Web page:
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Pompeii: A Novel

4 Ratings: 3.3
A book by Robert Harris

In this fine historical by British novelist Harris (Archangel; Enigma; Fatherland), an upstanding Roman engineer rushes to repair an aqueduct in the shadow of Mount Vesuvius, which, in A.D. 79, is getting ready to blow its top. Young Marcus Attilius … see full wiki

Author: Robert Harris
Publisher: Random House
4 reviews about Pompeii: A Novel
review by . November 20, 2011
In 79 AD a new Aquarius is appointed, Marcus Attilius Primus, after the last Aquarius disappeared.      Unexplained water loss occurs int he cities near Pompeii and the Aquarius is sent to find the cause and correct the problem.      As the story begins, one of the wealthy residents, Ampliatus, a former slave, is putting one of his slaves to death. This young man was caring for Ampliatus's prized fish which were meant for delicacys for honored guests. …
review by . September 15, 2004
Despite what you might think, Mount Vesuvius is something of a secondary character in this historical novel, even though the reader is well aware of what's in store for the mountain and the Roman towns of Pompeii and Herculaneum. But knowledge of the impending cataclysm only increases the reader's interest with each successive tremor or sulfurous odor.    Robert Harris could have opted for a multi-character "movie of the week" kind of scenario, but instead he focuses more tightly …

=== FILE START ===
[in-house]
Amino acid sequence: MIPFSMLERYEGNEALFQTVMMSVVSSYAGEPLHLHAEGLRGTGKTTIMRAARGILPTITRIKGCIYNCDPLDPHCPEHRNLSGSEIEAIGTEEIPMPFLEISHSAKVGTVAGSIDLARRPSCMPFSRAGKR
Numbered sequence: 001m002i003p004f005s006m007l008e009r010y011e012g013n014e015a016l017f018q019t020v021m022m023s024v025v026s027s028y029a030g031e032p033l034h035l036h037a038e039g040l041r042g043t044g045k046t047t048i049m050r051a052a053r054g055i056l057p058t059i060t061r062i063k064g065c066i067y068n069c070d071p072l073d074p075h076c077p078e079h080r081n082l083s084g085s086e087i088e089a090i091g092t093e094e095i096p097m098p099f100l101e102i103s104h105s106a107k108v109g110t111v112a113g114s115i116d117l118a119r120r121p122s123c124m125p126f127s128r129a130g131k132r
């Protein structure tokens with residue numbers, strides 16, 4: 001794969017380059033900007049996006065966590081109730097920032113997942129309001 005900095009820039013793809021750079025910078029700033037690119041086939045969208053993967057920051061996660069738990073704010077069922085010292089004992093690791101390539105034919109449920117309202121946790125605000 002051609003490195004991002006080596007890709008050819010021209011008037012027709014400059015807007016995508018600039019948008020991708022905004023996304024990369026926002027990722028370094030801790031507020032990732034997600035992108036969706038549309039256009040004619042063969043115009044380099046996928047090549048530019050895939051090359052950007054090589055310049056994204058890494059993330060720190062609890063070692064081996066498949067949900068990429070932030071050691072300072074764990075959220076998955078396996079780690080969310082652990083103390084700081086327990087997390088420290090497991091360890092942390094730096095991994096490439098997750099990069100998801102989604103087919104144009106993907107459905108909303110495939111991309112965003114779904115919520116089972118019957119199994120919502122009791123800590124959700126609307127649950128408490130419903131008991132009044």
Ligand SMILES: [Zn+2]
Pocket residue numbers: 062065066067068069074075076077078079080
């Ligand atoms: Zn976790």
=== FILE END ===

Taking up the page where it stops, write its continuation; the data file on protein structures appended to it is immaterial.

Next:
review by . June 24, 2004
Just finished Pompeii, which didn't come alive for me until the last half of the story. The characterizations are a bit shallow, with the exception of Pliny Elder, who is brought to life as a living person rather than the historical icon he'd always been to me. Some of the excesses of Roman society are set forth in a truly revolting fashion! What this book does so well is place the reader on the Bay of Naples, from the initial portents of the volcanic eruption, through the inferno with its deadly …
review by . February 09, 2004
I have always enjoyed well written historical fiction, especially if the story line stays fairly close to actual events. This new book falls perfectly into that category: well written, historically accurate, and with a plot that keeps you turning the pages. It also has characters with whom you can become involved, and the writing is of a level that it makes you wish the actual events turn out differently, even though you know that's not going to happen. That kind of feeling only comes with a book …
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4 Ratings: +3.3
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Pompeii: A Novel
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